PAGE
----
Former U.S. Marine Seeks Asylum in Russia

by Jason Dzubow on October 5, 2012

A former Marine who claims to have exposed clandestine U.S. support for the Republic of Georgia in its 2008 war with Russia has requested political asylum in Russia.  U.S. citizen Patrick Downey first sought asylum in Ireland, where his case was denied–as he puts it–by Ireland’s first ever Jewish Minister for Justice, Equality and Defense.  He then “fled” to Russia (after visiting the U.S. for his brother’s wedding), where his asylum case is currently pending.

Patrick Downey (right) is seeking asylum in Russia.

Pravda reports that while living in Georgia in 2007 and teaching English to Georgian billionaire Bidzina Ivanishvili, Mr. Downey “obtained documents” indicating that a U.S.-controlled bank transferred $12 million to Mr. Ivanishvili.  Mr. Ivanishvili, in turn, used the money to fund “anti-Russian activities” prior to and during the Russian-Georgian war.  Mr. Downey tried to publicize this “sensational material” in the U.S., but no one was interested.  However, his activities supposedly brought him to the attention of the U.S. government, which gave him the code name “Trouble Man” and tried to “neutralize” him.  Mr. Downey told Pravda, “I began to feel that it was simply dangerous for me to be in the U.S.”

Hence, he fled to Ireland and now Russia.

While I must admit that I am skeptical of Mr. Downey’s claims (and I am not thrilled by his antisemitism), the fact that he is currently receiving publicity from a Russian newspaper is significant.  On October 1st, Mr. Ivanishvili’s political party won parliamentary elections in Georgia, and he is likely to become the country’s new Prime Minister.  As such, the timing of the article about Mr. Downey–and his claims of a secret anti-Russian alliance between the U.S. and Georgia–has broader implications.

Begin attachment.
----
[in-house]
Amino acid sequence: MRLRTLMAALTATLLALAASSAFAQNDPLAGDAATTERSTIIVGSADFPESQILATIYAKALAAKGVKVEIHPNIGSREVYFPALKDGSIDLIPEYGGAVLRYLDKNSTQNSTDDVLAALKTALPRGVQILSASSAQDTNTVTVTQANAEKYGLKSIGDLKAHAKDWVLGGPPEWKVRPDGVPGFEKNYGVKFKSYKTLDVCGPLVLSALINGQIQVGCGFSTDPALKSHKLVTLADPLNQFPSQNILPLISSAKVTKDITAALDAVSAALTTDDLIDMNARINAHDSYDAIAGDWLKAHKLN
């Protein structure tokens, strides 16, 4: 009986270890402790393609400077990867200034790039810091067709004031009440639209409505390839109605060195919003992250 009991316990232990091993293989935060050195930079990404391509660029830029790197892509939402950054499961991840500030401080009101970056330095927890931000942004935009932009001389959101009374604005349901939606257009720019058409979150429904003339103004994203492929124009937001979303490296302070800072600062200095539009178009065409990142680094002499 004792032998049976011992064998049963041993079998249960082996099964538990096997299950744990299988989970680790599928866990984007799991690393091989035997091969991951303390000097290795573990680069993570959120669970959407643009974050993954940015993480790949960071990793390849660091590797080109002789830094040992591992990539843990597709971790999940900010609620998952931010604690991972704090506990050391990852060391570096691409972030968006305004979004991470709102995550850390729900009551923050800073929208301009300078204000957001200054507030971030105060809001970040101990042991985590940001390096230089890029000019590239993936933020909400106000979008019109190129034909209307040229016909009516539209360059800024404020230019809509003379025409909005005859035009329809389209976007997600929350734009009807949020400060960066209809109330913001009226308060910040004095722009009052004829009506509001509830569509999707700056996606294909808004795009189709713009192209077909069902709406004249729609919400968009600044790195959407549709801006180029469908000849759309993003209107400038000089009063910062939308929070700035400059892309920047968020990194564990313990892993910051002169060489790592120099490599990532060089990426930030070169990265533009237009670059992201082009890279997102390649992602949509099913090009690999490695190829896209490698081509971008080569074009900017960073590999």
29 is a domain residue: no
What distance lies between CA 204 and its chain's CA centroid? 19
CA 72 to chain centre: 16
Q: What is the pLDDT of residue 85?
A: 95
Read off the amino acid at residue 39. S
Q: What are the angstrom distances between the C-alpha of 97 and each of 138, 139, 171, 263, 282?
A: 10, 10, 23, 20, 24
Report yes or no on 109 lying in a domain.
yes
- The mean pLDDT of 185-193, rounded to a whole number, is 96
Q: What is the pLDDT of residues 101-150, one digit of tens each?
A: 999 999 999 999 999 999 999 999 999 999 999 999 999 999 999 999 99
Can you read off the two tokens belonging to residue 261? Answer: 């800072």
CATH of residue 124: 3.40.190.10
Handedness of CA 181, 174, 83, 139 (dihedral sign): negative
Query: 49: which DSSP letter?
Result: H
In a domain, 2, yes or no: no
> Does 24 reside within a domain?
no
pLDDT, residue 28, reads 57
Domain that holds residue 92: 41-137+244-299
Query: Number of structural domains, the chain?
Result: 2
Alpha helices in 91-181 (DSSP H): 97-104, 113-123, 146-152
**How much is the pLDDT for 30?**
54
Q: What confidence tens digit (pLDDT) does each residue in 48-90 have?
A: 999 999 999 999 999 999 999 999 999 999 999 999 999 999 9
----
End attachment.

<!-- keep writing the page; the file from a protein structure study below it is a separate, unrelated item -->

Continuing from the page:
Is Russia trying to intimidate Georgia?  Is it trying to send a signal to the United States to keep away?  Is Pravda simply writing an interesting story about an American seeking asylum in Russia?  I have no idea.  But it seems to me, if the Russian government is trying to send some type of message by publicizing Mr. Downey’s case, the message is not a friendly one.  

It will be interesting to see what the Russian government does with Mr. Downey.  Russia grants less than 5% of asylum cases, so if his case is approved, it might indicate more trouble ahead for Russian-Georgian and Russian-U.S. relations.  As for Mr. Downey, if his case is granted, his hopes are the same as those of other asylum seekers around the world: “I will live!  I will get married.  I do not want to fight, do not want to constantly be afraid.  I want a family and a home.  I hope that this is what I will get.”

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